Take a few deep breaths and feel the difference (Picture: Getty)

Feeling stressed out, worried or overwhelmed today? You’re not alone.

Many people struggle with anxiety on a daily basis and while there are several physical signs of anxiety, one of the most distressing can be a shortness of breath or changes to the regularity of breathing.

While stress and anxiety can make it feel harder to breathe – your breath can actually hold the key to helping you feel better, and keeping you in the moment.

Clare Gridley, psychotherapist at independent mental health care provider the Priory Group, has revealed nine science-backed breathing exercises that can help you to develop a healthier way of breathing, bringing a whole host of benefits and improving your overall wellbeing.

Speaking on behalf of free global mental health app My Possible Self, Clare explains: ‘For many it can be daunting knowing where to start when it comes to breathing exercises, but it doesn’t need to be and the benefits can be profound.

‘When you feel the signs of anxiety building up inside, there are tailored techniques you can adopt that will help to get your breathing back to normal.’

Here are nine simple breathing techniques that can be tried at work or at home to help keep anxiety symptoms under control:

Simple breathing techniques for anxiety

1. Alternate nostril breathing

‘Alternate nostril breathing, also known as nadi shodhana, is a simple breathing technique that is often used to calm any anxieties before yoga or a meditation session,’ says Claire.

‘To practice alternate nostril breathing, assume a seated position with good posture that opens up your chest.

‘Next, take the index and middle fingers of your right hand and rest them next to each other between your eyebrows (you can do this with your left hand if you feel more comfortable).’

Now you’re ready to practise alternate nostril breathing:

  1. Use your thumb to close the right-hand nostril and inhale slowly through only your left nostril.
  2. Pinch your nose closed by bringing your ring finger to your left nostril. Temporarily hold your breath.
  3. Open up your right nostril by removing your thumb and exhale.
  4. Hold for a moment before inhaling again through the right nostril.
  5. Pinch your nose closed again and hold your breath for a moment.
  6. Now open up the left nostril and exhale. Again, wait a moment before you inhale.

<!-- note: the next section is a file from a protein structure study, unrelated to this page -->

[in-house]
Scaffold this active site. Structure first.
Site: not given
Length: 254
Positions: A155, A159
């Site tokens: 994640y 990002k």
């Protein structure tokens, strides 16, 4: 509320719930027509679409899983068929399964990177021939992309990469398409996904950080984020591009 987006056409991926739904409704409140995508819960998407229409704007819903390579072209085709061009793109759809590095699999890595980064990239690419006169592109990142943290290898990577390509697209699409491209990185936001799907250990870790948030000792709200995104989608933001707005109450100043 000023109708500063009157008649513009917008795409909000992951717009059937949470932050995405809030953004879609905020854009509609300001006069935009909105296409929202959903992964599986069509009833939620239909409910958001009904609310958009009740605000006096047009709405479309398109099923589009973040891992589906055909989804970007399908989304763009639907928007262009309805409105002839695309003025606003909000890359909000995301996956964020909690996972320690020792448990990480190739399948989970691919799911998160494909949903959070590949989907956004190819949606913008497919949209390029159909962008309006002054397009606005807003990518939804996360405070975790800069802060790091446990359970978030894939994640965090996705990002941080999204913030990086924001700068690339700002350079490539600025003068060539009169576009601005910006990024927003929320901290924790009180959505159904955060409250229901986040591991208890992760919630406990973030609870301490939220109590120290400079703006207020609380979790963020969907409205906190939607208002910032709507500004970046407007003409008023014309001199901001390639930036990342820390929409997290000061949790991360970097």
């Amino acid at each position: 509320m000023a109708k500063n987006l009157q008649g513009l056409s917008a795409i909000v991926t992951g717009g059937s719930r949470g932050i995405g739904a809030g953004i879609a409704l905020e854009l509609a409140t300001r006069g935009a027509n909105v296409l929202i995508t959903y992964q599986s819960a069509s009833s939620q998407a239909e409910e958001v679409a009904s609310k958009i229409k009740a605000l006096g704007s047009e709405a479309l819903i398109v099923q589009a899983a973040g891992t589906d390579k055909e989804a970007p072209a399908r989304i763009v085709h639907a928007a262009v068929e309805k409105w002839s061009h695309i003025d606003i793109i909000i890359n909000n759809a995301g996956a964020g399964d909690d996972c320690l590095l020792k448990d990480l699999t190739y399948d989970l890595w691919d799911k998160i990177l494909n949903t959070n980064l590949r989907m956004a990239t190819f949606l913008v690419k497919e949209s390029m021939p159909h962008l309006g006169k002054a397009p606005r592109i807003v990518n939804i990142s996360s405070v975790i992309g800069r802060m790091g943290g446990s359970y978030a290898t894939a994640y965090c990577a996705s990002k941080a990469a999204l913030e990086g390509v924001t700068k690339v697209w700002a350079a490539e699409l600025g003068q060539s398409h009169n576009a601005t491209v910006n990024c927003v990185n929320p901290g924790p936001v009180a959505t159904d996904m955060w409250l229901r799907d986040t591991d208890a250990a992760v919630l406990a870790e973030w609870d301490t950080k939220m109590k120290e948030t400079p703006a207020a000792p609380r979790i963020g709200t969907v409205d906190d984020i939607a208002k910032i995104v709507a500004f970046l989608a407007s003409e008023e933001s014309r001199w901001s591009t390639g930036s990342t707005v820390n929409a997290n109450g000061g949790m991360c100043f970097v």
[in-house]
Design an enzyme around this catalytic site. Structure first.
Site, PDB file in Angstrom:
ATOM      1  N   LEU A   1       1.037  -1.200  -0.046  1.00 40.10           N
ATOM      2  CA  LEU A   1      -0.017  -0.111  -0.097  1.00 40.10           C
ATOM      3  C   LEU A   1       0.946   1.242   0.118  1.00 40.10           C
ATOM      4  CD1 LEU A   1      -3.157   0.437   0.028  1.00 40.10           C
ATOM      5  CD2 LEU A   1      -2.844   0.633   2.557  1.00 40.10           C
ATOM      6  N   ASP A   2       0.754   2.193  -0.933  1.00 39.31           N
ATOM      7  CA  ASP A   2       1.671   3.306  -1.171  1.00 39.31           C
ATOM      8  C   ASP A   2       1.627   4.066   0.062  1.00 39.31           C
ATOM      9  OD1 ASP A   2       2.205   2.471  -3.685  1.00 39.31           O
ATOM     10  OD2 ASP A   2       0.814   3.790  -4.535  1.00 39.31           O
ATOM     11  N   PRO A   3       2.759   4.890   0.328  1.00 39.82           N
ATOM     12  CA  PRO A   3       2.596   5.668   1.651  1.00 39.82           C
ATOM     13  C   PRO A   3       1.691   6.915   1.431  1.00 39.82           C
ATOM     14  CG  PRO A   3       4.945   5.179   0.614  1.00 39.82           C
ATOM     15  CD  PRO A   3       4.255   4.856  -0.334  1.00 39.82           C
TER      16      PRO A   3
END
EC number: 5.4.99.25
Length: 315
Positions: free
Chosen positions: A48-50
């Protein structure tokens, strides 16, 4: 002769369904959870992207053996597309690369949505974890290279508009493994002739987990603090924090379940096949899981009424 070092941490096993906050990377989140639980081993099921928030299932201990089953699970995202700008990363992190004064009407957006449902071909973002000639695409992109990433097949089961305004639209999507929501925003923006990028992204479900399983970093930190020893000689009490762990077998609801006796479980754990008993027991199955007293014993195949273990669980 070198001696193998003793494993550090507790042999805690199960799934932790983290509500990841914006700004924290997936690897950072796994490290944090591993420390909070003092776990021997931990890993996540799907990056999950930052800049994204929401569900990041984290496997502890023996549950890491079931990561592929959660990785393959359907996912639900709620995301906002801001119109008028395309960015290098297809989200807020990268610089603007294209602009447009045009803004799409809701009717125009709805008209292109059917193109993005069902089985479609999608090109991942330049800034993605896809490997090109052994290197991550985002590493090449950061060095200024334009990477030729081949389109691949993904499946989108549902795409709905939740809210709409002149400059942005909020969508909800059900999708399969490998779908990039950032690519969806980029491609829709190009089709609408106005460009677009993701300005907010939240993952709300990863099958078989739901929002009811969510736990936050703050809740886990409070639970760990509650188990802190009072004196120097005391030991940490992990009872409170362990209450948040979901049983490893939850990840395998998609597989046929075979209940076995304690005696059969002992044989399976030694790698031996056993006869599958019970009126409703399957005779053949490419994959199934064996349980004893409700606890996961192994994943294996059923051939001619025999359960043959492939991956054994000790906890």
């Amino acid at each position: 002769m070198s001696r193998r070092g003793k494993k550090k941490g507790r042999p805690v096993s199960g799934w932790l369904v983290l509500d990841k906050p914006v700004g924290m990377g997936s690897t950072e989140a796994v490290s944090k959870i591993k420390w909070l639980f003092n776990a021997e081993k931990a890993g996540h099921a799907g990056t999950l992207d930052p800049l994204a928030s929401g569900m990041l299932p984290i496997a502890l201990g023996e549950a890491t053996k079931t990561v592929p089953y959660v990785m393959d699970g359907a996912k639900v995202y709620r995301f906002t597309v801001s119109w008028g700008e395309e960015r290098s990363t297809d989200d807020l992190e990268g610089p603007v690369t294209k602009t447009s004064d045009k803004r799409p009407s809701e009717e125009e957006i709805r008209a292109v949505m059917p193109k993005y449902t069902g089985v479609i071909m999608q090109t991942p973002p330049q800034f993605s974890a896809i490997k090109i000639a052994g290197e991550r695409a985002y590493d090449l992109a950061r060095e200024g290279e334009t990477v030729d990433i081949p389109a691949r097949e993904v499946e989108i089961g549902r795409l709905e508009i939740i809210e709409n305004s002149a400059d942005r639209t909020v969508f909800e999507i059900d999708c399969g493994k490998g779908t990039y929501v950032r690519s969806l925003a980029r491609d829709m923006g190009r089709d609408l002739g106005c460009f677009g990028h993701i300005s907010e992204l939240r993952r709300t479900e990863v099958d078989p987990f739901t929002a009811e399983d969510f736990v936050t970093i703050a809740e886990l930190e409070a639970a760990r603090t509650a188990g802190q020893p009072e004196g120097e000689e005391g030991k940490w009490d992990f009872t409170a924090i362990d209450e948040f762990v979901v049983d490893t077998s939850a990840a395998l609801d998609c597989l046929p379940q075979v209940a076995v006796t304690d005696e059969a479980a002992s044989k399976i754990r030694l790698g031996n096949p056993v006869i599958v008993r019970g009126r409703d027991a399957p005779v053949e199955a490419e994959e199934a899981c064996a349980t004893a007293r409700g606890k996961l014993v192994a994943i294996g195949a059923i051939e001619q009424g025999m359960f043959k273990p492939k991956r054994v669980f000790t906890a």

That is one cycle of alternate nostril breathing, which can take anywhere up to a minute.

Claire says you should repeat the process for about 10 minutes or until you feel suitably calmed.

2. Lion’s breath

Like alternate nostril breathing, Claire says lion’s breath is a yogic breathing (or pranayama) exercise that’s predominantly done during a yoga session.

‘However, its ability to alleviate stress makes it useful for anyone looking for a breathing exercise to calm themselves,’ she says.

‘This one is done by sitting, either in a chair or on the floor, with your hands on your knees or flat on the floor.’

  1. Spread your fingers wide and inhale through your nose.
  2. Open your mouth and stick out your tongue. Stretch it down to your chin.
  3. Do a big exhale, pushing the air across your tongue and making a ‘ha’ sound from the depths of your abdomen.
  4. Take a short break by breathing normally before starting again.

Repeat the cycle several times to see the benefits.

Yogic breathing practices like lion’s breath are proven to work effectively as a stress reducer. 

3. 4-4-4 breathing

Claire says 4-4-4 breathing, also commonly known as box breathing, is one of the easier breathing techniques you can practice to help you calm anxiety.

‘It’s perfect as a quick fix for reducing stress by distracting your mind and body,’ she adds.

‘In fact, if you’ve taken a minute to breathe deeply then you’ve likely come close to box breathing.’

  1. Take a breath then exhale on the count of four.
  2. Hold your breath for four seconds.
  3. Inhale to the count of four.
  4. Hold your breath for four seconds.

A few rounds of box breathing should help to keep a raised heart rate down and distract you from the anxiety-inducing situation around you.

Sitting down with an extended spine and open chest is the best way to practice this technique, but it can be done stood up too.

4. 4-7-8 Breathing

‘Also known as relaxing breath, 4-7-8 breathing follows the same principles as 4-4-4 breathing,’ says Claire.

‘Get yourself in a seated position, either in a chair or cross-legged on the floor or your bed.’

  1. Inhale to the count of four.
  2. Hold your breath for seven seconds.